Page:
India’s former attorney general Soli Sorabjee, 91, dies Soli Sorabjee
LEGAL luminary and India’s former attorney general Soli Sorabjee passed away due to Covid-19 at a hospital in New Delhi on Friday (30). He was 91.
He is survived by wife, a daughter and two sons, reported the PTI.
A recipient of the Padma Vibhushan, the second highest civilian award of the country, Sorabjee appeared in several historic cases like Kesavananda Bharti and S R Bommai.
He served as the attorney general for India from 1989-90 and then from 1998-2004 during the tenure of V P Singh and Atal Bihari Vajpayee respectively.
President Ram Nath Kovind, vice president Venkaiah Naidu and prime minister Narendra Modi were among a host of leaders who condoled the passing away of the eminent jurist.
The prime minister described him as an outstanding lawyer who was at the forefront of helping the poor and downtrodden through law. India’s chief justice N V Ramana also condoled the demise of Sorabjee.
“I am deeply saddened to learn about the passing of Shri Soli Jehangir Sorabjee, former attorney general of India. In his nearly 68 year long association with the judicial world, he made immeasurable contribution in enriching the global jurisprudence of Human Rights and Fundamental Right,” he said.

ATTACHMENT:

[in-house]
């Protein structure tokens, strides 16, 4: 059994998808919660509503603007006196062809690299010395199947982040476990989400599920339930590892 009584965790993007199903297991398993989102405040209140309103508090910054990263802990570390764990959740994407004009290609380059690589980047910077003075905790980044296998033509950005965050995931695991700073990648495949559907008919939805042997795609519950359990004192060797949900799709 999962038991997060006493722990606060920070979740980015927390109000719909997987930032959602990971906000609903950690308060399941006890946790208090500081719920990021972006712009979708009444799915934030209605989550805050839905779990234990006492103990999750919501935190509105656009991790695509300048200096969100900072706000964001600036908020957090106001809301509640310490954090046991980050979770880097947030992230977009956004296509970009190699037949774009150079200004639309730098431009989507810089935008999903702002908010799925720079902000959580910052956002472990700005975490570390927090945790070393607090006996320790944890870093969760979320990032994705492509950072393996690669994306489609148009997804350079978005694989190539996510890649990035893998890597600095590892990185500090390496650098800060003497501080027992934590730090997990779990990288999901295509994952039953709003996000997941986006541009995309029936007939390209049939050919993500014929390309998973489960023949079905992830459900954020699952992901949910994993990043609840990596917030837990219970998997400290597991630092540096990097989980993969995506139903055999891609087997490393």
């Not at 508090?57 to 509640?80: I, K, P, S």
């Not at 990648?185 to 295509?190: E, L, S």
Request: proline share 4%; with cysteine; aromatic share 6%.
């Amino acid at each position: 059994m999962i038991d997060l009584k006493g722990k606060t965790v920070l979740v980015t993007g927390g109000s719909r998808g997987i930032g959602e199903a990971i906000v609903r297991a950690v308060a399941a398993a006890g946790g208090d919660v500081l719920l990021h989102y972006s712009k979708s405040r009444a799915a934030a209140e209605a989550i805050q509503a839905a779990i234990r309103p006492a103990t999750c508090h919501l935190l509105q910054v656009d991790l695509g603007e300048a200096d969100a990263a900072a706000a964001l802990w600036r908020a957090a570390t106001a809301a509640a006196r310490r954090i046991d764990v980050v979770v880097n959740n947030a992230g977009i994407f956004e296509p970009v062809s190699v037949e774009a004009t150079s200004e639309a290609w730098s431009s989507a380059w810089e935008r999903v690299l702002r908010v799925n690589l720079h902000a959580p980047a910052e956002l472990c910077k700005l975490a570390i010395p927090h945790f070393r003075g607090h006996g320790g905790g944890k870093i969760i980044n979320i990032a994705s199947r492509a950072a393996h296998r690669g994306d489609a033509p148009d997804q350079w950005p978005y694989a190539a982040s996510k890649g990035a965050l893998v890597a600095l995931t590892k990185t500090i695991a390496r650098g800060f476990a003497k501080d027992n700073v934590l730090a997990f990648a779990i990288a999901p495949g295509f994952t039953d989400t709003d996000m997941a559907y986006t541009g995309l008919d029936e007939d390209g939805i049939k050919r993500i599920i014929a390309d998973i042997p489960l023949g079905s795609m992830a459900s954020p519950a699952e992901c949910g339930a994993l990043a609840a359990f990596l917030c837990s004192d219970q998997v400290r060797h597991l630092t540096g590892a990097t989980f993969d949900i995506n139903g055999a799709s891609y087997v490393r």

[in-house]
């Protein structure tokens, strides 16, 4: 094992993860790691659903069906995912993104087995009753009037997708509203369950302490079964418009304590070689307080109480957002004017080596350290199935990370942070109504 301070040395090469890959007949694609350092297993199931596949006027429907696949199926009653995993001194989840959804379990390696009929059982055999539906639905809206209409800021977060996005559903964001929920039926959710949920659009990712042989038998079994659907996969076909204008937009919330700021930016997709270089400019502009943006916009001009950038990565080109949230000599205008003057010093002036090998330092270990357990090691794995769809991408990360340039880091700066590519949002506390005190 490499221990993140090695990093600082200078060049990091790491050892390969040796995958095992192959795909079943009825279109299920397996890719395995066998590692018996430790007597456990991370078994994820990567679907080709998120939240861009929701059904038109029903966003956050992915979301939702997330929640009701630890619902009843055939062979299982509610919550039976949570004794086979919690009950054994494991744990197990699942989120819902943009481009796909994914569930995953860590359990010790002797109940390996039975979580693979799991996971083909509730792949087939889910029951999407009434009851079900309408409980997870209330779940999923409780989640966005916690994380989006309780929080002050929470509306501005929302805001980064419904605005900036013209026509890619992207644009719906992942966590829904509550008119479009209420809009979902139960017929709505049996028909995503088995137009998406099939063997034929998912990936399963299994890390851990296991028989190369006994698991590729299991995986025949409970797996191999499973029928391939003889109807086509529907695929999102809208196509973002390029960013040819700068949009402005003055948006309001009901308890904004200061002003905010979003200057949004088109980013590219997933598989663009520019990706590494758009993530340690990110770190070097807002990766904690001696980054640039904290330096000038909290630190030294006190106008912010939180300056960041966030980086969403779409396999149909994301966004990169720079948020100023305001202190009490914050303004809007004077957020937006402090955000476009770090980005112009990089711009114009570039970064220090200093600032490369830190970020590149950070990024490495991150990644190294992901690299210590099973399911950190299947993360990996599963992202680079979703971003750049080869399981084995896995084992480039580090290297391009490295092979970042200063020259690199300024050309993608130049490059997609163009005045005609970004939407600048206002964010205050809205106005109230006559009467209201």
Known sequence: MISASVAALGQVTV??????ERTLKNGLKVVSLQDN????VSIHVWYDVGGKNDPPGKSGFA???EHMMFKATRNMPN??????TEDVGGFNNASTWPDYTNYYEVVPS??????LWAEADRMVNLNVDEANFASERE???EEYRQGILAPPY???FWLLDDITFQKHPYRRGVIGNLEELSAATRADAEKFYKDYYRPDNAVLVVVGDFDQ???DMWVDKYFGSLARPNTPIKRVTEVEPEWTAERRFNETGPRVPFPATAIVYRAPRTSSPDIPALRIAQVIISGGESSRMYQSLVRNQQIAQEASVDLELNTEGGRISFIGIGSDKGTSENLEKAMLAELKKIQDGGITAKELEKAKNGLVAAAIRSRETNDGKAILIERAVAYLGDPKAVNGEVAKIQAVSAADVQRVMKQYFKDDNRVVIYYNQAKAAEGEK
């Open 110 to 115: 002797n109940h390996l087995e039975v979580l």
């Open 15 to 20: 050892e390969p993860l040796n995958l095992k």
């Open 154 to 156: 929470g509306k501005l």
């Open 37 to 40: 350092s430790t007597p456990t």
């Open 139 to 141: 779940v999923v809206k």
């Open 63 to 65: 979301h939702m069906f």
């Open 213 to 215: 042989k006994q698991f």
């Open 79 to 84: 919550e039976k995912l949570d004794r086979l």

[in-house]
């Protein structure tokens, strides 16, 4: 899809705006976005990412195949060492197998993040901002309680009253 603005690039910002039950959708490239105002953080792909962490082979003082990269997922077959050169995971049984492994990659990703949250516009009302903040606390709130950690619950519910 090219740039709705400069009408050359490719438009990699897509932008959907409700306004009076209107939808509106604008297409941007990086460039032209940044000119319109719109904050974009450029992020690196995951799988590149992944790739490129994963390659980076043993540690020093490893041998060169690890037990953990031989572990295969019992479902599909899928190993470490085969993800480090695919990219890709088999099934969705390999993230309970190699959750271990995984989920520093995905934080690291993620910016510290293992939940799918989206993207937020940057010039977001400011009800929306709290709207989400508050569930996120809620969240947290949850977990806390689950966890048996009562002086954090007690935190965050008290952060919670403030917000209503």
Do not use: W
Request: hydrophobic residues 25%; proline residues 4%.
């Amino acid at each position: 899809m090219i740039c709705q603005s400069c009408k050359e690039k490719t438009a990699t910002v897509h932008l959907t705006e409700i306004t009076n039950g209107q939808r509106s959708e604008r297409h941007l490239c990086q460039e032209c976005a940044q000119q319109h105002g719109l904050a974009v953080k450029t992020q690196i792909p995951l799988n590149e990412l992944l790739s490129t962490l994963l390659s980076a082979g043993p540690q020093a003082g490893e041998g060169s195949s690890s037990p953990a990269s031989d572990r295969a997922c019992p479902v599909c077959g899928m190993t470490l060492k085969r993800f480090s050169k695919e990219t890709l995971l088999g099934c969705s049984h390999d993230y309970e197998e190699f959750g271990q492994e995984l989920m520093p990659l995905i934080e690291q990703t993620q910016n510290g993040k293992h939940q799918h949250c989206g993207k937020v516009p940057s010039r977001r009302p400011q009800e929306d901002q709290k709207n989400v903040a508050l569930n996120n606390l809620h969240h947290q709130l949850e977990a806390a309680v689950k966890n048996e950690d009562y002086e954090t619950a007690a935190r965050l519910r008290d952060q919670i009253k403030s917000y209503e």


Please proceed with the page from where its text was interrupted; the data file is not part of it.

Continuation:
Considered one of the best Constitutional law experts, Sorabjee wrote several books on laws and justice, press censorship and the Emergency, and vehemently fought against human and fundamental rights violations.
One of his recent court battles pertaining to fundamental right violations was the Shreya Singhal case in which the supreme court in 2015 agreed to his submissions and struck down a provision in the Information Technology Act relating to restrictions on online freedom of speech and expression.
The top court held that section 66A was unconstitutional as being violative of freedom of speech guaranteed under the Constitution, the point put forth by Sorabjee,
Considered close to Vajpayee, Sorabjee had led India’s fight in the International Court of Justice (ICJ) when Pakistan sought compensation from India for downing of their naval patrol aircraft Atlantic in 1999 just after the Kargil war.
The ICJ at the Hague ruled in India’s favour after taking note of submissions of Sorabjee and dismissed Pakistan’s claim for compensation, saying it had no jurisdiction over the matter. He also appeared and worked for the Citizen’s Justice Committee which represented anti-Sikh riots victims.
Born in a Parsi family in 1930, Sorabjee enrolled at the bar in 1953 and was designated senior advocate by the Bombay High Court in 1971.
Sorabjee appeared in many important cases including the Kesavananda Bharati matter on basic structure doctrine and the S R Bommai matter relating to invocation of president’s rule in states among others.
He was appointed by the UN as a Special Rapporteur for Nigeria in 1997 to report on the human rights situation in that country and later became a member and the Chairman of the UN-Sub Commission on the Promotion and Protection of Human Rights, from 1998 to 2004.
Sorabjee was also a member of the UN Sub-Commission on Prevention of Discrimination and Protection of Minorities since 1998.
He has also served as member of the Permanent Court of Arbitration at the Hague from 2000 to 2006.
Overwhelmed by the terror strike in Mumbai in 2008, Sorabjee filed a public interest litigation in the top court seeking direction for training and equipping police force to tackle terrorists.